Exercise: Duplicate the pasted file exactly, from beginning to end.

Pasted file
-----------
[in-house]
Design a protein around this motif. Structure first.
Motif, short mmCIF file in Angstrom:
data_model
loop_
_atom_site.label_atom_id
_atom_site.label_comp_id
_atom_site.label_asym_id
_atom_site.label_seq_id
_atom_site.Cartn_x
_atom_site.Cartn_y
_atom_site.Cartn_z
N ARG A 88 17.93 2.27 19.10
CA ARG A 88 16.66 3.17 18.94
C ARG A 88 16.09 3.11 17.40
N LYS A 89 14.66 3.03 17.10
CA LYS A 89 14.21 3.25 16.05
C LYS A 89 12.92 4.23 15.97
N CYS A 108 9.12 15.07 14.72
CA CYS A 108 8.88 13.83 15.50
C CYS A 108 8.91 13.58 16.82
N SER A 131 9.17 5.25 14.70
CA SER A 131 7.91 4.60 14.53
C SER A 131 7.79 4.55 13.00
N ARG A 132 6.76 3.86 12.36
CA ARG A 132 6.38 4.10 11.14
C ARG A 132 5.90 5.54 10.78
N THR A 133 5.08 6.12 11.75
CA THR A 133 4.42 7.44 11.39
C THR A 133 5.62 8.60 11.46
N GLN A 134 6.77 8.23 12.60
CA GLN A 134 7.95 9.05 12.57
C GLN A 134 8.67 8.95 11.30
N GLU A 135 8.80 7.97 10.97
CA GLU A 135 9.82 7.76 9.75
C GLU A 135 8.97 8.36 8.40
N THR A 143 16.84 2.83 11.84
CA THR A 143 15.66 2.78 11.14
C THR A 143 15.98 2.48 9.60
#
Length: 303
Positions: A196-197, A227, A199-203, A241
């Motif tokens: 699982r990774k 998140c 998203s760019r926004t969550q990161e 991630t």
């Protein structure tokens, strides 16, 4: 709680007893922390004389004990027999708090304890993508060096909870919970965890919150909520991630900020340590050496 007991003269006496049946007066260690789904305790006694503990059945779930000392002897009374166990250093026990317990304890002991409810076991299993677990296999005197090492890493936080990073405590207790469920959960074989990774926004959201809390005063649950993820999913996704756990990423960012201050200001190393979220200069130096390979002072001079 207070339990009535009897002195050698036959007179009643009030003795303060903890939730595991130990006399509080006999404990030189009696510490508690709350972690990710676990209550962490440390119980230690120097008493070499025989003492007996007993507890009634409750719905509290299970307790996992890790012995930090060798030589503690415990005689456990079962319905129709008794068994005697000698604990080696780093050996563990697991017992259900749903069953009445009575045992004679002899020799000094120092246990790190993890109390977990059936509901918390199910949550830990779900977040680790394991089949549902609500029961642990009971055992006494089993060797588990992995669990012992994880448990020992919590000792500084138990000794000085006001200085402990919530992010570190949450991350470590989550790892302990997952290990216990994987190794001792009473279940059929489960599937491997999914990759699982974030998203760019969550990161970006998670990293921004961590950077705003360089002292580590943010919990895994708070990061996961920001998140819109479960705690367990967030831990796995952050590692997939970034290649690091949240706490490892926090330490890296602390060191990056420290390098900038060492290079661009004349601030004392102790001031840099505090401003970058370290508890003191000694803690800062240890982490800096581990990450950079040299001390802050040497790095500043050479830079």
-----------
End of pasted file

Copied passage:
[in-house]
Design a protein around this motif. Structure first.
Motif, short mmCIF file in Angstrom:
data_model
loop_
_atom_site.label_atom_id
_atom_site.label_comp_id
_atom_site.label_asym_id
_atom_site.label_seq_id
_atom_site.Cartn_x
_atom_site.Cartn_y
_atom_site.Cartn_z
N ARG A 88 17.93 2.27 19.10
CA ARG A 88 16.66 3.17 18.94
C ARG A 88 16.09 3.11 17.40
N LYS A 89 14.66 3.03 17.10
CA LYS A 89 14.21 3.25 16.05
C LYS A 89 12.92 4.23 15.97
N CYS A 108 9.12 15.07 14.72
CA CYS A 108 8.88 13.83 15.50
C CYS A 108 8.91 13.58 16.82
N SER A 131 9.17 5.25 14.70
CA SER A 131 7.91 4.60 14.53
C SER A 131 7.79 4.55 13.00
N ARG A 132 6.76 3.86 12.36
CA ARG A 132 6.38 4.10 11.14
C ARG A 132 5.90 5.54 10.78
N THR A 133 5.08 6.12 11.75
CA THR A 133 4.42 7.44 11.39
C THR A 133 5.62 8.60 11.46
N GLN A 134 6.77 8.23 12.60
CA GLN A 134 7.95 9.05 12.57
C GLN A 134 8.67 8.95 11.30
N GLU A 135 8.80 7.97 10.97
CA GLU A 135 9.82 7.76 9.75
C GLU A 135 8.97 8.36 8.40
N THR A 143 16.84 2.83 11.84
CA THR A 143 15.66 2.78 11.14
C THR A 143 15.98 2.48 9.60
#
Length: 303
Positions: A196-197, A227, A199-203, A241
């Motif tokens: 699982r990774k 998140c 998203s760019r926004t969550q990161e 991630t």
């Protein structure tokens, strides 16, 4: 709680007893922390004389004990027999708090304890993508060096909870919970965890919150909520991630900020340590050496 007991003269006496049946007066260690789904305790006694503990059945779930000392002897009374166990250093026990317990304890002991409810076991299993677990296999005197090492890493936080990073405590207790469920959960074989990774926004959201809390005063649950993820999913996704756990990423960012201050200001190393979220200069130096390979002072001079 207070339990009535009897002195050698036959007179009643009030003795303060903890939730595991130990006399509080006999404990030189009696510490508690709350972690990710676990209550962490440390119980230690120097008493070499025989003492007996007993507890009634409750719905509290299970307790996992890790012995930090060798030589503690415990005689456990079962319905129709008794068994005697000698604990080696780093050996563990697991017992259900749903069953009445009575045992004679002899020799000094120092246990790190993890109390977990059936509901918390199910949550830990779900977040680790394991089949549902609500029961642990009971055992006494089993060797588990992995669990012992994880448990020992919590000792500084138990000794000085006001200085402990919530992010570190949450991350470590989550790892302990997952290990216990994987190794001792009473279940059929489960599937491997999914990759699982974030998203760019969550990161970006998670990293921004961590950077705003360089002292580590943010919990895994708070990061996961920001998140819109479960705690367990967030831990796995952050590692997939970034290649690091949240706490490892926090330490890296602390060191990056420290390098900038060492290079661009004349601030004392102790001031840099505090401003970058370290508890003191000694803690800062240890982490800096581990990450950079040299001390802050040497790095500043050479830079």